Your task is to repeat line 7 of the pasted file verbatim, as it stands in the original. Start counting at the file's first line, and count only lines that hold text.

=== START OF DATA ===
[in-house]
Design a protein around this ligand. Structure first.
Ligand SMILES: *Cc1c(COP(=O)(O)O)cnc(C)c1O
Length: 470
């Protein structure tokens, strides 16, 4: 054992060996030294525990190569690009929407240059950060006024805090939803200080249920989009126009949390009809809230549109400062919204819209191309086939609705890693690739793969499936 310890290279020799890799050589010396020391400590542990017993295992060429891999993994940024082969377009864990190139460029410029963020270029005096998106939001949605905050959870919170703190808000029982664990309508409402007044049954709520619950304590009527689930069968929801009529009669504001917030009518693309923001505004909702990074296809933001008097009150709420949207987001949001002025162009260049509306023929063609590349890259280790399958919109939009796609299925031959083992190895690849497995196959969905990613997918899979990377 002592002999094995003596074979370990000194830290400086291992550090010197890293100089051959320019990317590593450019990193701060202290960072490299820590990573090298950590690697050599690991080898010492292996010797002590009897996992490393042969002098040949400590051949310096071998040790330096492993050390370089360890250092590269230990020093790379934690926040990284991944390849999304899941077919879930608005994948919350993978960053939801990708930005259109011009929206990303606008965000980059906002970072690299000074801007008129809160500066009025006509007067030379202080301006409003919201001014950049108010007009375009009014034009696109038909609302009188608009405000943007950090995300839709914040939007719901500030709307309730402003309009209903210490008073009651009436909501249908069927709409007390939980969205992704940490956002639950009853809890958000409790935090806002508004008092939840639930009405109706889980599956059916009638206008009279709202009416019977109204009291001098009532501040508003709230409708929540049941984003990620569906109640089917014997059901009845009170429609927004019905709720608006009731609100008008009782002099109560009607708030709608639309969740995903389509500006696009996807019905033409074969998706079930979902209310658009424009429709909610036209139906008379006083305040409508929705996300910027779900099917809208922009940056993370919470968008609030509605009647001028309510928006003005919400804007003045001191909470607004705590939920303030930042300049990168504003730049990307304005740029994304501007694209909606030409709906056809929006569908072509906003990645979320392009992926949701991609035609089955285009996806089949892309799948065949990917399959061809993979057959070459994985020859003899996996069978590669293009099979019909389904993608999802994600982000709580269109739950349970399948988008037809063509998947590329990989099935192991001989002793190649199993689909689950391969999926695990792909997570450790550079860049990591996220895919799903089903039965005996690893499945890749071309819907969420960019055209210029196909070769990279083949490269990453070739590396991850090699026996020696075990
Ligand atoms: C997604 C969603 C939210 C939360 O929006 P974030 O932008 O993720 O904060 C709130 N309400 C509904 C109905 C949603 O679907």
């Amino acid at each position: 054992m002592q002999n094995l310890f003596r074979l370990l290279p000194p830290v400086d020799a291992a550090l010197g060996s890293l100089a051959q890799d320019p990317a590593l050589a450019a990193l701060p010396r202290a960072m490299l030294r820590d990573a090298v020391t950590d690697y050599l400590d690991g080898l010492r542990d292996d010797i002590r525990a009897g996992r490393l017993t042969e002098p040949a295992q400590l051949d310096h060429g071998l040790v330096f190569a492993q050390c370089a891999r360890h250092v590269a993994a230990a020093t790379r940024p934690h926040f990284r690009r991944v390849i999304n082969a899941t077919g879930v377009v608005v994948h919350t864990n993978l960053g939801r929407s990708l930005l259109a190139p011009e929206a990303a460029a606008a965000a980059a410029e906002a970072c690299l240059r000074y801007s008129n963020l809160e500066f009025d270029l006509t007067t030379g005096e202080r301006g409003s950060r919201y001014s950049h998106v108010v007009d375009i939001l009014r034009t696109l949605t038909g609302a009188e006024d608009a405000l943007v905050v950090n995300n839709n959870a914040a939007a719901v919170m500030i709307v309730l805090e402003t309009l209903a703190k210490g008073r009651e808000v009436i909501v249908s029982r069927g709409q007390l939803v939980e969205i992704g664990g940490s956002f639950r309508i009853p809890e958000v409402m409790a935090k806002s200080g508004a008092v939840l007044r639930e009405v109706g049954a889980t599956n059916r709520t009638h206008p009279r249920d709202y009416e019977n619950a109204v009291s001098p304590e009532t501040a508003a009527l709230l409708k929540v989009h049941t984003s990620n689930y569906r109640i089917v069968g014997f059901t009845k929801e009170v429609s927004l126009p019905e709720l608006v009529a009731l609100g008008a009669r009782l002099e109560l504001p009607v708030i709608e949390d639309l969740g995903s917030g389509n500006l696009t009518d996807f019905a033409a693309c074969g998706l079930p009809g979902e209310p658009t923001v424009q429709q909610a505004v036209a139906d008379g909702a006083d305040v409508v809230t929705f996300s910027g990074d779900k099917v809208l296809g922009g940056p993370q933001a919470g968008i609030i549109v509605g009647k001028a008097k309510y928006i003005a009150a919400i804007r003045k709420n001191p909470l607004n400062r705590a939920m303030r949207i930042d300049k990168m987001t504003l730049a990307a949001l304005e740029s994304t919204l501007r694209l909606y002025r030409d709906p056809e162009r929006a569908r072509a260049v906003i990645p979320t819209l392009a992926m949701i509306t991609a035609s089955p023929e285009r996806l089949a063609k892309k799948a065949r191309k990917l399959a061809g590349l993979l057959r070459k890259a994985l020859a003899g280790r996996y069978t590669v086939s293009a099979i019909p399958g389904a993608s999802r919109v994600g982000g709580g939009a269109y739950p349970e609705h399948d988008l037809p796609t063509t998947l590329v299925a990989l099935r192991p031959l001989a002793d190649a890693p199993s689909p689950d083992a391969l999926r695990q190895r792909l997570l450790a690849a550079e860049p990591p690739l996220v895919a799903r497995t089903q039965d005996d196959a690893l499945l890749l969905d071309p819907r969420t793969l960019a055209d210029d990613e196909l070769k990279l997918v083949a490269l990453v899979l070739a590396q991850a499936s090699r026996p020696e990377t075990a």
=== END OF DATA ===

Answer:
């Amino acid at each position: 054992m002592q002999n094995l310890f003596r074979l370990l290279p000194p830290v400086d020799a291992a550090l010197g060996s890293l100089a051959q890799d320019p990317a590593l050589a450019a990193l701060p010396r202290a960072m490299l030294r820590d990573a090298v020391t950590d690697y050599l400590d690991g080898l010492r542990d292996d010797i002590r525990a009897g996992r490393l017993t042969e002098p040949a295992q400590l051949d310096h060429g071998l040790v330096f190569a492993q050390c370089a891999r360890h250092v590269a993994a230990a020093t790379r940024p934690h926040f990284r690009r991944v390849i999304n082969a899941t077919g879930v377009v608005v994948h919350t864990n993978l960053g939801r929407s990708l930005l259109a190139p011009e929206a990303a460029a606008a965000a980059a410029e906002a970072c690299l240059r000074y801007s008129n963020l809160e500066f009025d270029l006509t007067t030379g005096e202080r301006g409003s950060r919201y001014s950049h998106v108010v007009d375009i939001l009014r034009t696109l949605t038909g609302a009188e006024d608009a405000l943007v905050v950090n995300n839709n959870a914040a939007a719901v919170m500030i709307v309730l805090e402003t309009l209903a703190k210490g008073r009651e808000v009436i909501v249908s029982r069927g709409q007390l939803v939980e969205i992704g664990g940490s956002f639950r309508i009853p809890e958000v409402m409790a935090k806002s200080g508004a008092v939840l007044r639930e009405v109706g049954a889980t599956n059916r709520t009638h206008p009279r249920d709202y009416e019977n619950a109204v009291s001098p304590e009532t501040a508003a009527l709230l409708k929540v989009h049941t984003s990620n689930y569906r109640i089917v069968g014997f059901t009845k929801e009170v429609s927004l126009p019905e709720l608006v009529a009731l609100g008008a009669r009782l002099e109560l504001p009607v708030i709608e949390d639309l969740g995903s917030g389509n500006l696009t009518d996807f019905a033409a693309c074969g998706l079930p009809g979902e209310p658009t923001v424009q429709q909610a505004v036209a139906d008379g909702a006083d305040v409508v809230t929705f996300s910027g990074d779900k099917v809208l296809g922009g940056p993370q933001a919470g968008i609030i549109v509605g009647k001028a008097k309510y928006i003005a009150a919400i804007r003045k709420n001191p909470l607004n400062r705590a939920m303030r949207i930042d300049k990168m987001t504003l730049a990307a949001l304005e740029s994304t919204l501007r694209l909606y002025r030409d709906p056809e162009r929006a569908r072509a260049v906003i990645p979320t819209l392009a992926m949701i509306t991609a035609s089955p023929e285009r996806l089949a063609k892309k799948a065949r191309k990917l399959a061809g590349l993979l057959r070459k890259a994985l020859a003899g280790r996996y069978t590669v086939s293009a099979i019909p399958g389904a993608s999802r919109v994600g982000g709580g939009a269109y739950p349970e609705h399948d988008l037809p796609t063509t998947l590329v299925a990989l099935r192991p031959l001989a002793d190649a890693p199993s689909p689950d083992a391969l999926r695990q190895r792909l997570l450790a690849a550079e860049p990591p690739l996220v895919a799903r497995t089903q039965d005996d196959a690893l499945l890749l969905d071309p819907r969420t793969l960019a055209d210029d990613e196909l070769k990279l997918v083949a490269l990453v899979l070739a590396q991850a499936s090699r026996p020696e990377t075990a």